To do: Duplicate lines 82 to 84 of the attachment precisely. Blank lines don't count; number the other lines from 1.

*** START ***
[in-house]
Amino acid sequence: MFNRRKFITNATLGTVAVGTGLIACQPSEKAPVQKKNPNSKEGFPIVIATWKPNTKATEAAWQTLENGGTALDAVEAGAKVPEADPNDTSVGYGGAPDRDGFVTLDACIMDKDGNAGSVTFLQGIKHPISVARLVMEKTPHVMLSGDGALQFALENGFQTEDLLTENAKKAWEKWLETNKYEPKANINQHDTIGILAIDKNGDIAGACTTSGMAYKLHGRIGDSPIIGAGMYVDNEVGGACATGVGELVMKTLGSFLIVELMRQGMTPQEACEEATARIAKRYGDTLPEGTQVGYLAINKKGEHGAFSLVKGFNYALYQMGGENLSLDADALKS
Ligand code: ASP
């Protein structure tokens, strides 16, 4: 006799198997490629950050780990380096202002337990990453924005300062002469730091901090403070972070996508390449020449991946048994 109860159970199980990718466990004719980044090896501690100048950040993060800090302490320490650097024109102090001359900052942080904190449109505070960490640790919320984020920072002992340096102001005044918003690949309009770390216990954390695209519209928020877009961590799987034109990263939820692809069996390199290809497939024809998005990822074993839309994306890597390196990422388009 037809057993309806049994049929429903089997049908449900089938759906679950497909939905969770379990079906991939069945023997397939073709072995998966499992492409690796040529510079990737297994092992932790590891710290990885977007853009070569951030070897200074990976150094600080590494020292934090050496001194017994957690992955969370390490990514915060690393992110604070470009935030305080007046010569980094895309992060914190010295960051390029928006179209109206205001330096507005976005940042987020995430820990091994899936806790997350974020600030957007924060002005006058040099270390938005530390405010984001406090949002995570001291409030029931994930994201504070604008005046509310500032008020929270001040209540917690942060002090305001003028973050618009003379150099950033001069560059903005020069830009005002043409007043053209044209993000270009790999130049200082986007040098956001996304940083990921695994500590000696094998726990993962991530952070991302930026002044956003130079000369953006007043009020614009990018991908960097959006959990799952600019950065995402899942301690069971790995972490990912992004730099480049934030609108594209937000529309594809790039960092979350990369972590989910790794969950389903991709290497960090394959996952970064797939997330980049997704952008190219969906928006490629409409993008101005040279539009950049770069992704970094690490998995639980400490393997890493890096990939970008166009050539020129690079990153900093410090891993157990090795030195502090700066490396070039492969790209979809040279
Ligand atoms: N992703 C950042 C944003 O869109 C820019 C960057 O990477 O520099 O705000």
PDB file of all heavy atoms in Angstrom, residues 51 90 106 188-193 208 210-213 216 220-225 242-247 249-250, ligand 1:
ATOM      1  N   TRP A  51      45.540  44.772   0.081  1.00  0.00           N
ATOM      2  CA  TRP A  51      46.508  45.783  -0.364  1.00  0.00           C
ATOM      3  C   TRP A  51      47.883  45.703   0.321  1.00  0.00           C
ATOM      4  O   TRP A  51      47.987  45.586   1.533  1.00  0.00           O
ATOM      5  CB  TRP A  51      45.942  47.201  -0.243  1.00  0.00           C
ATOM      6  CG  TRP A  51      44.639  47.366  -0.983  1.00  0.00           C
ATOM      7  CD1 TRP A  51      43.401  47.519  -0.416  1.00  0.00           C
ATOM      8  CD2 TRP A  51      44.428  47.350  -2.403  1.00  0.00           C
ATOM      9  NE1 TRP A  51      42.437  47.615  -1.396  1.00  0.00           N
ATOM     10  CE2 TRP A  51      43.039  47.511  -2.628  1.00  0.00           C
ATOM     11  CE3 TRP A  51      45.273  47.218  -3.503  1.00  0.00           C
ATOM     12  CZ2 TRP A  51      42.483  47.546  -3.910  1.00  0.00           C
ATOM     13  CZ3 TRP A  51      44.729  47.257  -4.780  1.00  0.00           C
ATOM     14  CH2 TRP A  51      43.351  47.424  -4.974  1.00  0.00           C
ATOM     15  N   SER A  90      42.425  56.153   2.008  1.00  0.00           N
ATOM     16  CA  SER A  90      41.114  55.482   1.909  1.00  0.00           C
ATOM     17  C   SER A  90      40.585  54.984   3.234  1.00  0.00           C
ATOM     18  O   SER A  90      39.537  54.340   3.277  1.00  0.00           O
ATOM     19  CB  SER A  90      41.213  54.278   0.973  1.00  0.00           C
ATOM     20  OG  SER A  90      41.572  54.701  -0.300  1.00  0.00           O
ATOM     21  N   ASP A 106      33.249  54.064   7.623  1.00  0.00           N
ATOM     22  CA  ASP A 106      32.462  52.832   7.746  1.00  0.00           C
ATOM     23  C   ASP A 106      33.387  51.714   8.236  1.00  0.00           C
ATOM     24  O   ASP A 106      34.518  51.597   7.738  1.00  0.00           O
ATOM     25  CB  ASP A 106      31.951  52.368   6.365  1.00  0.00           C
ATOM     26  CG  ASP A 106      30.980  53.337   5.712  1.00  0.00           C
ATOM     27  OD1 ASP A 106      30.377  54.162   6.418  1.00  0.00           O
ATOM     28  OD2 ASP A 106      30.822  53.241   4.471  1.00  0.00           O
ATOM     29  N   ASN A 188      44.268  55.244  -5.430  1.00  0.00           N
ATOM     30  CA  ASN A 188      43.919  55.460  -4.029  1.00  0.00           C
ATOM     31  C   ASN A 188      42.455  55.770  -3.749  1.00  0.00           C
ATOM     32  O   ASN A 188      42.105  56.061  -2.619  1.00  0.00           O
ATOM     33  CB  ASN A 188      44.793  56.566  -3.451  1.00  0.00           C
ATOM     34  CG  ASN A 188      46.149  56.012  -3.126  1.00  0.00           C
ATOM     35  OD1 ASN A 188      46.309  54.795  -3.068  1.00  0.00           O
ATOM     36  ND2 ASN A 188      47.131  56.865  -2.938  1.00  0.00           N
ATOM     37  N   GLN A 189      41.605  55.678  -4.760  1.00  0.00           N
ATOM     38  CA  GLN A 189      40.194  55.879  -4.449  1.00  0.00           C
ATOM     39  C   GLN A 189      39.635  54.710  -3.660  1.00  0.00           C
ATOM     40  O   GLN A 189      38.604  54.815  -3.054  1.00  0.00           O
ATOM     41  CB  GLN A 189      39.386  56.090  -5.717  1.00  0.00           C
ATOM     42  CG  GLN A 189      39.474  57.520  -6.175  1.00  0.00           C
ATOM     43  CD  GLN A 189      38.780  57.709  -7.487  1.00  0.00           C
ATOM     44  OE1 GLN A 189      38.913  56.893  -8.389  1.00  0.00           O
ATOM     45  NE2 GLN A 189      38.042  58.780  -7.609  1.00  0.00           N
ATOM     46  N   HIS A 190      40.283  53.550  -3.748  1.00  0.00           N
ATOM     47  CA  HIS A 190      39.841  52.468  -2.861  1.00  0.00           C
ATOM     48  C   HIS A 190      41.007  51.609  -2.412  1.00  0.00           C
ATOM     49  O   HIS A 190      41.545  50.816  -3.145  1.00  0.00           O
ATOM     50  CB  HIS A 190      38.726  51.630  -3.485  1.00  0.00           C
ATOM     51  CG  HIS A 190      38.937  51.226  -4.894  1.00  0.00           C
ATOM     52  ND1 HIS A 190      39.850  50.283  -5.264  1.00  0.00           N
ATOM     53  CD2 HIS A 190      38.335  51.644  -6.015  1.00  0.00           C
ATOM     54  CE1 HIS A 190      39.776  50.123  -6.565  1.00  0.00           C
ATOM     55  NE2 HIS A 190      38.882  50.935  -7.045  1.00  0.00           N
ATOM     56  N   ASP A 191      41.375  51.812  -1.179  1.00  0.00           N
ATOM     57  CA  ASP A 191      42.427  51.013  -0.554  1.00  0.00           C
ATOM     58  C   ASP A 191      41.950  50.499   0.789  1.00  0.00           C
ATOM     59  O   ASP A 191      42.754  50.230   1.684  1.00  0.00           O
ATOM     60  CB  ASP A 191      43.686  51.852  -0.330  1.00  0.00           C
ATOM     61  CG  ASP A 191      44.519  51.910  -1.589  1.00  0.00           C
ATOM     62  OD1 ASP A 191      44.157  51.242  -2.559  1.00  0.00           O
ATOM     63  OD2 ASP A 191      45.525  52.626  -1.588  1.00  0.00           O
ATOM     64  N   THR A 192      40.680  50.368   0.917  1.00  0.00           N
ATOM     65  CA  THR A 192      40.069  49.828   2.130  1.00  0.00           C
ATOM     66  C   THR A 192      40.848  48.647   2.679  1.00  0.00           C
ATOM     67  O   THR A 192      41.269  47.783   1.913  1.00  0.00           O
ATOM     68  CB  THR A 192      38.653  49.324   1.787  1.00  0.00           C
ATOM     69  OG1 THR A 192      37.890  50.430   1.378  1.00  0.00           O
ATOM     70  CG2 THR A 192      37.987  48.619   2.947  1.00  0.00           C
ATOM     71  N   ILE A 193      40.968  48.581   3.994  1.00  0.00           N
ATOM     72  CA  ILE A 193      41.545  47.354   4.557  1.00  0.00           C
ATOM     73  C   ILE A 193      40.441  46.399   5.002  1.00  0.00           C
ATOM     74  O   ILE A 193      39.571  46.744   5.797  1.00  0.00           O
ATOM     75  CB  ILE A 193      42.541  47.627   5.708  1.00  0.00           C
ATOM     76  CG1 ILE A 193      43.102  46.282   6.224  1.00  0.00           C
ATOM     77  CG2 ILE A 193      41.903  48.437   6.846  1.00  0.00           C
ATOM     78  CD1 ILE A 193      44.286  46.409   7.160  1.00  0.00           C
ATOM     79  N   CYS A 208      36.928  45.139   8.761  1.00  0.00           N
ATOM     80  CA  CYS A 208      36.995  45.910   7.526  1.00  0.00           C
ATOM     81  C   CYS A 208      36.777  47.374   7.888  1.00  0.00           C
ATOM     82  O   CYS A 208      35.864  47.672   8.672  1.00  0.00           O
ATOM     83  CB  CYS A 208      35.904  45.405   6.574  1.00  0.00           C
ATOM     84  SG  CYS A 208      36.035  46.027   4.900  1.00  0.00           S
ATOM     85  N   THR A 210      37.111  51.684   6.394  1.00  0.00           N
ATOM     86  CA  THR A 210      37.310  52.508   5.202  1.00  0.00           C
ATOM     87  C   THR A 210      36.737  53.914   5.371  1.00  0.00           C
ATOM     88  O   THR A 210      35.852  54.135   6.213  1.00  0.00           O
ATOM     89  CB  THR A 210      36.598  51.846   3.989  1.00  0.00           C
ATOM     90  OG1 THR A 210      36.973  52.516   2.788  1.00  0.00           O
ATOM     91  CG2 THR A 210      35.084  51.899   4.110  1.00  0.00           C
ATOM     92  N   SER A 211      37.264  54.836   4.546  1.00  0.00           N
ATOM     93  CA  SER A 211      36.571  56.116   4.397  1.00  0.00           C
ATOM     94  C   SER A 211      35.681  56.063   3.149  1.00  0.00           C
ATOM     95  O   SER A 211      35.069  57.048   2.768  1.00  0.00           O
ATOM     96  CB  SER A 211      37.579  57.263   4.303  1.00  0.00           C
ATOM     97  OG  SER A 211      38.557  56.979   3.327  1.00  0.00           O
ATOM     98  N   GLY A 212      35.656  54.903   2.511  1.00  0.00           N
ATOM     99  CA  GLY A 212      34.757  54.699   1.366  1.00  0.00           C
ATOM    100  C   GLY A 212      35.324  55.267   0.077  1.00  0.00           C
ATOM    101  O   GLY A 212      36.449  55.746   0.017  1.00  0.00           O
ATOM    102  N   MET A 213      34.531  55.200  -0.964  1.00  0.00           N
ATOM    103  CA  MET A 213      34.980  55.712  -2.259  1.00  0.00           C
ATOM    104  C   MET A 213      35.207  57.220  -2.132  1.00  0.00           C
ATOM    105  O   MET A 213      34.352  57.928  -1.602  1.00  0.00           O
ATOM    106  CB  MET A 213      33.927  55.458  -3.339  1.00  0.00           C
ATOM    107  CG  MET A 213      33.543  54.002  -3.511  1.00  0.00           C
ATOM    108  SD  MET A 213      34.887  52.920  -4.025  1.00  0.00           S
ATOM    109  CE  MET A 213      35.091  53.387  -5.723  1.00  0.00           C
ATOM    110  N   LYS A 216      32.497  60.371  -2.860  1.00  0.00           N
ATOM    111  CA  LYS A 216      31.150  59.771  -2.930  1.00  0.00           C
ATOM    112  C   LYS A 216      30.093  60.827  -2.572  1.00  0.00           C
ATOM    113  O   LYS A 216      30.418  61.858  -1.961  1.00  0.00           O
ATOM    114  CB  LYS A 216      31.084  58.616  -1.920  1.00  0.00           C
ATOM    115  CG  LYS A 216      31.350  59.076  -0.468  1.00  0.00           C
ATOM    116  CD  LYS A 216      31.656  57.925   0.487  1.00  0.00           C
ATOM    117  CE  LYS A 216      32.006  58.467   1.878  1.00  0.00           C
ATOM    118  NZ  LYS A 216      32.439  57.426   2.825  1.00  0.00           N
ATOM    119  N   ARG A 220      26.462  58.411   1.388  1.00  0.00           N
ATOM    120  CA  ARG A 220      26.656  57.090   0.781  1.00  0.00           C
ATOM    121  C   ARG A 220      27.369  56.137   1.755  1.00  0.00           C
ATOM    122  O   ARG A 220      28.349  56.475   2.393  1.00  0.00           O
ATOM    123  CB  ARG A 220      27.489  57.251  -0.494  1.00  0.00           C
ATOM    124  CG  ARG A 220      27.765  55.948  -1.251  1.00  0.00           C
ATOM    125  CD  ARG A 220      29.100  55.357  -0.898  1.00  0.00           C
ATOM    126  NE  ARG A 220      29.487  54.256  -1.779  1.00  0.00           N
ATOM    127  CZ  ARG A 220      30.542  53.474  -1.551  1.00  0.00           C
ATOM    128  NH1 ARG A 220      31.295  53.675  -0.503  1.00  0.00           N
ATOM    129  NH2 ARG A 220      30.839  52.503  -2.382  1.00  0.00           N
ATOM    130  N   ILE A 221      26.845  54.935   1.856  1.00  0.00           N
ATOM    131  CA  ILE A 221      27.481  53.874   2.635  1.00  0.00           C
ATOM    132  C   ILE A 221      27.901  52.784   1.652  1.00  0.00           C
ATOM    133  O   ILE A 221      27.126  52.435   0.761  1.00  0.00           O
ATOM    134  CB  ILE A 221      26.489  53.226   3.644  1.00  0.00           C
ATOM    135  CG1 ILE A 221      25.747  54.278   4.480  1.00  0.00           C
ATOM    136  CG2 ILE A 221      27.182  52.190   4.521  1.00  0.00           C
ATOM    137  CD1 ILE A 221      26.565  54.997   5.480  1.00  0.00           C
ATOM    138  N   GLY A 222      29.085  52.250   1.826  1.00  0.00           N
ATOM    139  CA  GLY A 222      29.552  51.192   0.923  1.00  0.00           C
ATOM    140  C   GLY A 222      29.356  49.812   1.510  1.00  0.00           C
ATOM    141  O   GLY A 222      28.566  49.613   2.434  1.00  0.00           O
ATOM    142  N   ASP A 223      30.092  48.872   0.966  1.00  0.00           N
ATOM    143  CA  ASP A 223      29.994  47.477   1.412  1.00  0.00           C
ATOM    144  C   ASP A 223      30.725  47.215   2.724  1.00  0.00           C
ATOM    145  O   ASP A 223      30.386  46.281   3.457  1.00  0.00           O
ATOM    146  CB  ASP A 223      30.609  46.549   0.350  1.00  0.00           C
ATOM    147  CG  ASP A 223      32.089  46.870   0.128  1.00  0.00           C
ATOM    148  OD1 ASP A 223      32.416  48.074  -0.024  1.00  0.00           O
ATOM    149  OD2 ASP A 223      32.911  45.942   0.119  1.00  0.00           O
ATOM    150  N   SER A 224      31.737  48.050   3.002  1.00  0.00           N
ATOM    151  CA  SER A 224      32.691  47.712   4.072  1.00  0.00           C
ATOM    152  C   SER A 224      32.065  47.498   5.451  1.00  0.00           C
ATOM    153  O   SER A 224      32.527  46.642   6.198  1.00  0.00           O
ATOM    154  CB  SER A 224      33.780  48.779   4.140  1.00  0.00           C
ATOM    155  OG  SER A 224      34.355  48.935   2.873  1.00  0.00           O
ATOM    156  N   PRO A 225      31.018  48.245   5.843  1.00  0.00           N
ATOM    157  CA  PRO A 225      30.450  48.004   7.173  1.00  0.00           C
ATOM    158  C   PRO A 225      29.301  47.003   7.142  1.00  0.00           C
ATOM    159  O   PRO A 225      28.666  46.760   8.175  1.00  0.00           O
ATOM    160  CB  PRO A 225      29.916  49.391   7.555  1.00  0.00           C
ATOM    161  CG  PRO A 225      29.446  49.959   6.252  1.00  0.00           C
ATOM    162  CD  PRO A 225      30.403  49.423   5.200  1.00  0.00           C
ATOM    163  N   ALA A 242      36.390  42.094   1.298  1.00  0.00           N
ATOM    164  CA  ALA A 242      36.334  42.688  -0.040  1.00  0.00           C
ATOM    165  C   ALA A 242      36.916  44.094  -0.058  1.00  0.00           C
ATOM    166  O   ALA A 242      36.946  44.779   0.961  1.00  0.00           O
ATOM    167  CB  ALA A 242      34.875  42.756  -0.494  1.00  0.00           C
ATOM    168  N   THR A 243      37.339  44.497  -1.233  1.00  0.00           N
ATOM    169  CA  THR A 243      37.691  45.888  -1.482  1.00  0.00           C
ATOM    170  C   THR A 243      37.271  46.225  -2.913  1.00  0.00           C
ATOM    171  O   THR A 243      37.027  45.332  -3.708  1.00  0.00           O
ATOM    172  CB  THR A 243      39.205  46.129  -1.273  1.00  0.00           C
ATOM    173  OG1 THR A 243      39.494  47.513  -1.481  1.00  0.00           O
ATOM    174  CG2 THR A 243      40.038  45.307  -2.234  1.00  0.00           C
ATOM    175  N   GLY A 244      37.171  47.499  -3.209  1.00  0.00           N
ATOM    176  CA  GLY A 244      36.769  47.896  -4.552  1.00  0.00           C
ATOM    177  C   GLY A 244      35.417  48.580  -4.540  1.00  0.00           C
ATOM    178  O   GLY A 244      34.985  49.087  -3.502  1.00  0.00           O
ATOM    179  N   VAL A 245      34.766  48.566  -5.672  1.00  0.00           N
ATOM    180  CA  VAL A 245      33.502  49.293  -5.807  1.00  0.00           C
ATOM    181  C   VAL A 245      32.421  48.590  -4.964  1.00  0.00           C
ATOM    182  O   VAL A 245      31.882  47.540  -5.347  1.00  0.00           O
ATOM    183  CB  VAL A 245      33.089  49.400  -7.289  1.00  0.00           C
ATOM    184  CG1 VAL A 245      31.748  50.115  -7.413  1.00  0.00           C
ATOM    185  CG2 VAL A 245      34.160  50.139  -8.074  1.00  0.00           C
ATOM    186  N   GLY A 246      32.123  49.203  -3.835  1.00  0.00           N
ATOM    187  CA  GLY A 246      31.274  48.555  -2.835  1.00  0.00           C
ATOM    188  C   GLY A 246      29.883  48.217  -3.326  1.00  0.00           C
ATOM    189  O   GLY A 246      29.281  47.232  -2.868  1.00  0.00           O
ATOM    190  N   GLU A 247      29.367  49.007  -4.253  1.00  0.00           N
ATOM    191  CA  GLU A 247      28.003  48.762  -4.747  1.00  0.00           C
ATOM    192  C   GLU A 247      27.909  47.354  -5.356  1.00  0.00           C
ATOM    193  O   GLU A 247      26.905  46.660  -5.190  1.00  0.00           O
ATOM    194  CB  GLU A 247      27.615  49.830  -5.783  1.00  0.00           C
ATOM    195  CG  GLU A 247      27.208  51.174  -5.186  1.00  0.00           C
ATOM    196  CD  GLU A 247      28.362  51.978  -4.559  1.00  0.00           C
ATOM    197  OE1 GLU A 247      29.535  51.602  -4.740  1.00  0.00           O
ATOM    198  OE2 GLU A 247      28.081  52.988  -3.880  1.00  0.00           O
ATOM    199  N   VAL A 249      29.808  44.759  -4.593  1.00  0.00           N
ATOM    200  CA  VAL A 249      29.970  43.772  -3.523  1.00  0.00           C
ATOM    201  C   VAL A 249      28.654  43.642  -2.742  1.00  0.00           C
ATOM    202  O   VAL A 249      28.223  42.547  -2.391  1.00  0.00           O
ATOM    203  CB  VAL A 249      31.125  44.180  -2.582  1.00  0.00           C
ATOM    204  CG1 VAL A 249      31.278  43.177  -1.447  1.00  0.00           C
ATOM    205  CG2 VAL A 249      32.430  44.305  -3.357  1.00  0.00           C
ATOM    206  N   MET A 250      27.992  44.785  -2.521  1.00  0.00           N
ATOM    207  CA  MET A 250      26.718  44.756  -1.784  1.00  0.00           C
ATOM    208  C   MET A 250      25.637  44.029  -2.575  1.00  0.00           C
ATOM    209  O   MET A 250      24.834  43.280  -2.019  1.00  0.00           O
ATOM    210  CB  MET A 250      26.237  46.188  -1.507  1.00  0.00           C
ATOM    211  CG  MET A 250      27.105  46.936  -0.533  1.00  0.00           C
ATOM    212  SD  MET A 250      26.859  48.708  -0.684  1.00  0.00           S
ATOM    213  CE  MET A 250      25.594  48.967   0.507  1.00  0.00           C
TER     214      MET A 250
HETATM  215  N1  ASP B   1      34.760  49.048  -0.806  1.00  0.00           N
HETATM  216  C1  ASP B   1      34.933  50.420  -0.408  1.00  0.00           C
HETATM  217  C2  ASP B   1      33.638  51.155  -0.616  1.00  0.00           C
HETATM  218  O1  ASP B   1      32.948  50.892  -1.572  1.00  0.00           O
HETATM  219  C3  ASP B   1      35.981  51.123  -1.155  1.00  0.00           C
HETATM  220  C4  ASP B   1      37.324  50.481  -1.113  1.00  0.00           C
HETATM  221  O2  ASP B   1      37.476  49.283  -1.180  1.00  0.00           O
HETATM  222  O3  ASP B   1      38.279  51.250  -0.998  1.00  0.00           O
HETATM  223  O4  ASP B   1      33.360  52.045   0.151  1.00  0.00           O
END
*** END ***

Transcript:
ATOM     76  CG1 ILE A 193      43.102  46.282   6.224  1.00  0.00           C
ATOM     77  CG2 ILE A 193      41.903  48.437   6.846  1.00  0.00           C
ATOM     78  CD1 ILE A 193      44.286  46.409   7.160  1.00  0.00           C